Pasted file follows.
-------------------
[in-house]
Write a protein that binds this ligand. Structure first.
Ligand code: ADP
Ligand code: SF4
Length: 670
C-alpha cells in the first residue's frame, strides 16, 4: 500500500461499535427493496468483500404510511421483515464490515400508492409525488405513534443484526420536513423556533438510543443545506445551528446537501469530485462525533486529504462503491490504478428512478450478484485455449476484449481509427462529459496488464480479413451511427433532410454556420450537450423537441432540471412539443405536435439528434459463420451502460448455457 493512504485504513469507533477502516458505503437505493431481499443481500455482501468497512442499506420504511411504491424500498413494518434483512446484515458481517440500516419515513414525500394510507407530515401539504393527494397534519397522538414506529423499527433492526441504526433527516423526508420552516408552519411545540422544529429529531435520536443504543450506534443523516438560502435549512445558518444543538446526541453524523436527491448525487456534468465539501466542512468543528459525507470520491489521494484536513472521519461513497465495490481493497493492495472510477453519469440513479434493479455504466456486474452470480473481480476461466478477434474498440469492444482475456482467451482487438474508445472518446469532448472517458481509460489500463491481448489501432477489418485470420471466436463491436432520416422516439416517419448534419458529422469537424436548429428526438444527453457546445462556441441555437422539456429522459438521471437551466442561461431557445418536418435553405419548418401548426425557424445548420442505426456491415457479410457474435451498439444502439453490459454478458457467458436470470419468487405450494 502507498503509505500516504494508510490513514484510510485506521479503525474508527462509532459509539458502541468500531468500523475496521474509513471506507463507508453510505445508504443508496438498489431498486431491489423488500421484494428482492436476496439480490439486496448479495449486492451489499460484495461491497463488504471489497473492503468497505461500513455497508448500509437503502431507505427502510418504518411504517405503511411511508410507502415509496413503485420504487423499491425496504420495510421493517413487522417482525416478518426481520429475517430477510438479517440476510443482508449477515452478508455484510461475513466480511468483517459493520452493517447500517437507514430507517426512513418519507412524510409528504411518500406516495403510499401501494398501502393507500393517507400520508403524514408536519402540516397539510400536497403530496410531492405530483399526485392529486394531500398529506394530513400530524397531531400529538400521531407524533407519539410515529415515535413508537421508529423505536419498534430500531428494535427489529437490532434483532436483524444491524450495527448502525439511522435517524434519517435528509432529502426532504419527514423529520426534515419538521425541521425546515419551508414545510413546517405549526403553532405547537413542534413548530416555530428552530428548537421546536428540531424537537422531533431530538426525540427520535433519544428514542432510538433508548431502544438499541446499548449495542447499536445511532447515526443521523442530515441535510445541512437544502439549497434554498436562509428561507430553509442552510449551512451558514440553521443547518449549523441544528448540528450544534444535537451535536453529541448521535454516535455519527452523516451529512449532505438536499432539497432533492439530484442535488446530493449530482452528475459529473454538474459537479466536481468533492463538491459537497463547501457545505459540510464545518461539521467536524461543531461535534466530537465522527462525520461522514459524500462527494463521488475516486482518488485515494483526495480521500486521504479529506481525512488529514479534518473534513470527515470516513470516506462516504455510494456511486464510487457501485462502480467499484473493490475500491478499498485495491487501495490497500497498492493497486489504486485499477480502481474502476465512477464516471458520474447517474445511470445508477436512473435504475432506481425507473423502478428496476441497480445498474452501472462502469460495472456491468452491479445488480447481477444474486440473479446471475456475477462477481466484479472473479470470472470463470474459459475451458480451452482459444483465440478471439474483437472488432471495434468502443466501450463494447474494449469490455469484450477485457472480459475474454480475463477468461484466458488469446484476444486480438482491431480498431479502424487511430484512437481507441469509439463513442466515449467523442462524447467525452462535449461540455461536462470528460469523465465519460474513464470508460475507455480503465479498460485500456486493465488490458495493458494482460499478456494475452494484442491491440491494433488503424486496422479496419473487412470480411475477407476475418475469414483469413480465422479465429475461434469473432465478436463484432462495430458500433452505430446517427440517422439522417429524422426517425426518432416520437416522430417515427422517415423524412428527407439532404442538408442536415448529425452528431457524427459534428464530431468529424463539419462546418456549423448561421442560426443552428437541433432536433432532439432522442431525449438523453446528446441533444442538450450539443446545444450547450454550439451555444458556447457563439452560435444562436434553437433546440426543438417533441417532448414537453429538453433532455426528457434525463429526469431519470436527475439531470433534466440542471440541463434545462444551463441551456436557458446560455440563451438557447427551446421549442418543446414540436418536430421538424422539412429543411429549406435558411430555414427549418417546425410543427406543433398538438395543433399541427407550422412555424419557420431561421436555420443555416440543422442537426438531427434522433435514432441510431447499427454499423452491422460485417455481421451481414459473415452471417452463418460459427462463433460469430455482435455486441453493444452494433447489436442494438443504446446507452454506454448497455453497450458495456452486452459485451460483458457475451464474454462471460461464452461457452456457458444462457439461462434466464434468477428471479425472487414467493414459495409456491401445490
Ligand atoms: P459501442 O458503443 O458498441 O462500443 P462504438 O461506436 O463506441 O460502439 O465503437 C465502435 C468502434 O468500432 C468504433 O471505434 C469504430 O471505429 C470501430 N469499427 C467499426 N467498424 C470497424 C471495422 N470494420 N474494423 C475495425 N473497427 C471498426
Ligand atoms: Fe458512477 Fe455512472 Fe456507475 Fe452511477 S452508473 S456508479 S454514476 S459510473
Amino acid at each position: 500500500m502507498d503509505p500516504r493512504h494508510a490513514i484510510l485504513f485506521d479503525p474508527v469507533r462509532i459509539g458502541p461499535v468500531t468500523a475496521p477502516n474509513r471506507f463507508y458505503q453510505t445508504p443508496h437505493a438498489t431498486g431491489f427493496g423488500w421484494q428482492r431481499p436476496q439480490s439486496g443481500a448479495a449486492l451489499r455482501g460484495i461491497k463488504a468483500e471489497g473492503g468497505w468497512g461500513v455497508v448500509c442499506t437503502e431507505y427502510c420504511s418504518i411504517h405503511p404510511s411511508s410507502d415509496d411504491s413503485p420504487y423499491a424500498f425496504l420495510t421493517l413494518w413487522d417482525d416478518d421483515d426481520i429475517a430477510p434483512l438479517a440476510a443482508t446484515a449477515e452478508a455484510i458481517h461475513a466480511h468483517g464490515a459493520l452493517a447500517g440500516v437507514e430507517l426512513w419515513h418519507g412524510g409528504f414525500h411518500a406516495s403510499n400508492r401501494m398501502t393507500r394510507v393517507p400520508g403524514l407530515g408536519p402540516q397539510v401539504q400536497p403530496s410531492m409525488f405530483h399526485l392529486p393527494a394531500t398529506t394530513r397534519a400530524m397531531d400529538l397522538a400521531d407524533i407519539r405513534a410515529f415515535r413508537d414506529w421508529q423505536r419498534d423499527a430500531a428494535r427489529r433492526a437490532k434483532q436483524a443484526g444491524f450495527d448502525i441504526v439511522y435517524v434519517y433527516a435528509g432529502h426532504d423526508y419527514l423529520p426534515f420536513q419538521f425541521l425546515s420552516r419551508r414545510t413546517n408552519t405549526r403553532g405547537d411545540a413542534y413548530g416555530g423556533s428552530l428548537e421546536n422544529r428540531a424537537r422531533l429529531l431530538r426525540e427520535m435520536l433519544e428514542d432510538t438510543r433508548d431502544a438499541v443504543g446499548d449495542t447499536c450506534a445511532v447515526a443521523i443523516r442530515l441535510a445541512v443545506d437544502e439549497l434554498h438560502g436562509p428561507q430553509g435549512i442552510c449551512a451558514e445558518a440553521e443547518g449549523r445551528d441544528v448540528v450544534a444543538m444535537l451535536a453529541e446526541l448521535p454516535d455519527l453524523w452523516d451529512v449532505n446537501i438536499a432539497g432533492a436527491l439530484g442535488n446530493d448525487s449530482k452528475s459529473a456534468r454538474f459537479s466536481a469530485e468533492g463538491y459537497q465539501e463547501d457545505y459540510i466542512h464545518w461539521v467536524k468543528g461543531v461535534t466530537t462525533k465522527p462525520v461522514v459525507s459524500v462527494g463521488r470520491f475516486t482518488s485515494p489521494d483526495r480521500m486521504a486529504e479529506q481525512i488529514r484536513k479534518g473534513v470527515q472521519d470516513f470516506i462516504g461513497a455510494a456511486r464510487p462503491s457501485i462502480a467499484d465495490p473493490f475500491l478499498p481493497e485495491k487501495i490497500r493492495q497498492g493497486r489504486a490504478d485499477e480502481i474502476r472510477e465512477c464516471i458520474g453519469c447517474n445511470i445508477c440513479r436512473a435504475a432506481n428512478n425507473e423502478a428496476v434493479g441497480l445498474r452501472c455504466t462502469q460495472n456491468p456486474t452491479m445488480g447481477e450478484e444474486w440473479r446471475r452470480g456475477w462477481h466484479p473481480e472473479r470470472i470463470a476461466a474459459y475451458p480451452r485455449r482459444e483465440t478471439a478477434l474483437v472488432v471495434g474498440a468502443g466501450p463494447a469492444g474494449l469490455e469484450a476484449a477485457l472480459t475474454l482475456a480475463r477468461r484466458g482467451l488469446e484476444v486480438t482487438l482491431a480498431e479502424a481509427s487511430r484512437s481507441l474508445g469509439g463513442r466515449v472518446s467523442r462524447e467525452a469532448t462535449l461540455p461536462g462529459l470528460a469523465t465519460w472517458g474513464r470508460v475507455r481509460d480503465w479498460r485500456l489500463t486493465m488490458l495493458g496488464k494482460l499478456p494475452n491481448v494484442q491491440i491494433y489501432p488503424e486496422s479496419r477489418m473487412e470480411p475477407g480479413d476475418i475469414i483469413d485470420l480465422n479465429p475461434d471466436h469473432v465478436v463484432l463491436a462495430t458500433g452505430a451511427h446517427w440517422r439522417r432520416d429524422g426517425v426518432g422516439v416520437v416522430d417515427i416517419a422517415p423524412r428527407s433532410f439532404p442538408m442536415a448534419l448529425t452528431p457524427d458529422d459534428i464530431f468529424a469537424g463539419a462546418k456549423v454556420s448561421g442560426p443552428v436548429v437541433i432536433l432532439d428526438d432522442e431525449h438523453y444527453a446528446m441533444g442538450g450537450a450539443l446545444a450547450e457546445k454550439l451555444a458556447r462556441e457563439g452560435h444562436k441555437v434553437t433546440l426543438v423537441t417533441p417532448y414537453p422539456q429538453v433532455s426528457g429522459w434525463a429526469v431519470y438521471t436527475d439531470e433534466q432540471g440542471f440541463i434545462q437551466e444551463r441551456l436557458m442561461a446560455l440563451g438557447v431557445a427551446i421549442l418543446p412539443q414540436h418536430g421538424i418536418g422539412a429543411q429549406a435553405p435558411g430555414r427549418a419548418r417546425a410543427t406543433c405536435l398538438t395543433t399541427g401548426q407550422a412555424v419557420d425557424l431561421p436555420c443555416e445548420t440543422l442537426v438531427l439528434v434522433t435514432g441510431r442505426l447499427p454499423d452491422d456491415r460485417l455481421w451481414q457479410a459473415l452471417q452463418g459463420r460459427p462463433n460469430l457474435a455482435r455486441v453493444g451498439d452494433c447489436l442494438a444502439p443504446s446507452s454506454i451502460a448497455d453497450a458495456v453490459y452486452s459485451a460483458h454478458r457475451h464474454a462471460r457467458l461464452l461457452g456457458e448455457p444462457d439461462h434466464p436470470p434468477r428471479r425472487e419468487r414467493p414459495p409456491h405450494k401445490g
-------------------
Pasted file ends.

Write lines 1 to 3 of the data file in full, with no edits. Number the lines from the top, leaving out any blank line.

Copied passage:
[in-house]
Write a protein that binds this ligand. Structure first.
Ligand code: ADP